Letter: Let’s go the extra mile for the right for Kansans to vote

Dear Editor:

The Kansas Legislature, encouraged by Secretary of State Kris Kobach, has gone a long way to make sure our voting polls are safe from voter fraud. Now, we’re asking the legislature to go that same extra mile to protect the rights of legal Kansas citizens to vote.

What we’ve found is that the process to catch a few fraudulent voters has deterred more than 36,000 Kansans from participating in what I believe is one of their greatest rights as a citizen.

Last year, Sec. Kobach announced plans to dispense of 36,000 voter registrations that were being held in suspense because the individuals failed to turn in their proof of citizenship. Most of these individuals were young first time voters who we should be encouraging to participate in the process, instead, we’re turning them away.

What we’re proposing is a workaround within the confines of the SAFE Act, the Kansas law that requires proof of citizenship. Currently, Kansas closes voter registration 20 days before an election. We’re proposing the adoption of a same day voter registration bill, and here’s how it helps.

Many of these young people sign up at voter registration drives held at their colleges, churches or at community events where they most likely don’t have their proof of citizenship readily available. It’s the second step, going back to turn in the proof of citizenship that’s the hang up. What the Same Day Voter Registration Bill does is allow these young people, on election day or advance voting days, to show up at the poll with their voter registration form, ID and proof of citizenship. They can register, provide proof of citizenship and vote all in one step.

With today’s hectic schedule, who couldn’t appreciate and benefit from this one step process?

Same day voter registration has been practiced in United States since the 1970s. Currently 15 states plus the District of Columbia have allowed same day voter registration. In those states, voter participation runs consistently 12 percent higher than states without same day voter registration.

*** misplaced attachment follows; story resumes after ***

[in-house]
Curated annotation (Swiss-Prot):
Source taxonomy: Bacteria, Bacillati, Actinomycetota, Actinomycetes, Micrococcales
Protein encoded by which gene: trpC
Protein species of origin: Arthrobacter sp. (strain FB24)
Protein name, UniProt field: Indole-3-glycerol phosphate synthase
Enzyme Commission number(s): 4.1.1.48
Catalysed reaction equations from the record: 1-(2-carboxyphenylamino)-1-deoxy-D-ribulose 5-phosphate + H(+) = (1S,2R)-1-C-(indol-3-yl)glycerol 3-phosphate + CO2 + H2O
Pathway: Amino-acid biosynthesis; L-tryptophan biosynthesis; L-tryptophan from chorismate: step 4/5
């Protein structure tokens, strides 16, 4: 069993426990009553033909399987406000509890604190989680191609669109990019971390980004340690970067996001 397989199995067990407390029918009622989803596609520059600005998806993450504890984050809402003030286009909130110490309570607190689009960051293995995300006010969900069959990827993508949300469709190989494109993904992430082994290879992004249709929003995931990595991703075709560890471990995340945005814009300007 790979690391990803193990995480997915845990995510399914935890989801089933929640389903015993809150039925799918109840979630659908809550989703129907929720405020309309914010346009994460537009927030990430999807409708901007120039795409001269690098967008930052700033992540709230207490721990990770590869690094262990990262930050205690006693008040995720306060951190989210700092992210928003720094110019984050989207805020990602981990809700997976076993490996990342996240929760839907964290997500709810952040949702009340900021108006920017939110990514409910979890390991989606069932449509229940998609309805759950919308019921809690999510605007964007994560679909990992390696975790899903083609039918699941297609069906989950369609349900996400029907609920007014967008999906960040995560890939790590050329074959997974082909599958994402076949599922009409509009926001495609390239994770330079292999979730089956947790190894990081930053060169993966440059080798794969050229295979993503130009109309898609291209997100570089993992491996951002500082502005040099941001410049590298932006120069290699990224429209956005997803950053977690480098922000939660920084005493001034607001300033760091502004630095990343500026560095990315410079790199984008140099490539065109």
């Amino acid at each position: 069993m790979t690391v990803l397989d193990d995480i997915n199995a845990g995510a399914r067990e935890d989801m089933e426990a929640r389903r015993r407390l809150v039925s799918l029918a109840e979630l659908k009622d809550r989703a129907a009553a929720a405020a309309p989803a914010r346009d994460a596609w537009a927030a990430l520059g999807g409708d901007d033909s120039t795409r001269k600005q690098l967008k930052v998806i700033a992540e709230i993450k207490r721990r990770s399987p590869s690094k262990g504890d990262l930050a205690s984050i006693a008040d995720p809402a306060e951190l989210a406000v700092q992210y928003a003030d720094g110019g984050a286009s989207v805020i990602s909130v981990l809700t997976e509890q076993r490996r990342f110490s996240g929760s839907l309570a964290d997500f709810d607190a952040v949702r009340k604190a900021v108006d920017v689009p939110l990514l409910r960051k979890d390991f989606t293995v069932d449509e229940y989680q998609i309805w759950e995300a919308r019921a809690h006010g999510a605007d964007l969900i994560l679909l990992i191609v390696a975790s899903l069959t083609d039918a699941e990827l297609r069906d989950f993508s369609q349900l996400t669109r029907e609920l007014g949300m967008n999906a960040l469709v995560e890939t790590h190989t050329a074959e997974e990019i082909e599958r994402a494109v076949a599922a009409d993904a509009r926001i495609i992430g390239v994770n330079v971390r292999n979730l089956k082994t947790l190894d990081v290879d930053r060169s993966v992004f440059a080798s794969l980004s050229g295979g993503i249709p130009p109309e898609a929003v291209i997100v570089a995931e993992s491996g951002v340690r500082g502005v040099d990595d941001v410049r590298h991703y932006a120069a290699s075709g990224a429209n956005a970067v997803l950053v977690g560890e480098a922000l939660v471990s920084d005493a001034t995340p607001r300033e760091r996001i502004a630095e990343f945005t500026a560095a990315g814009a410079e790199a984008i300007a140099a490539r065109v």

Note, the bill does not ignore the SAFE Act; it works within the SAFE Act.

Other states, and Kansas, that establish arbitrary voter registration cut-off dates, dissuade participation in the voting process when people are most excited about them. This bill also helps individuals with limited transportation by allowing them to take care of all of their voting actions in one trip.

Without reading the bill, Sec. Kobach and several legislators, proclaimed the bill, “a recipe for fraud,” saying people could run from poll to poll and vote. If they had read the bill first, they would find numerous steps built in to address these concerns. The bill lays out an extensive process to set aside ballots of individuals who register and vote on the same day to check for issues like votes cast in multiple locations.

Again, I think it’s time we do something “for versus against” legal Kansas citizens by doing all we can to encourage their lawful participation in their greatest right as a citizen, their right to vote!

If you support this measure this measure, please email your local legislators or call the chair of the elections committees. In the Kansas House that’s Rep. Mark Kahrs at [email protected] and the Senate Elections and Ethics Chair is Mitch Holmes at [email protected].

Bonita Gooch
The Kansas Black Leadership Council

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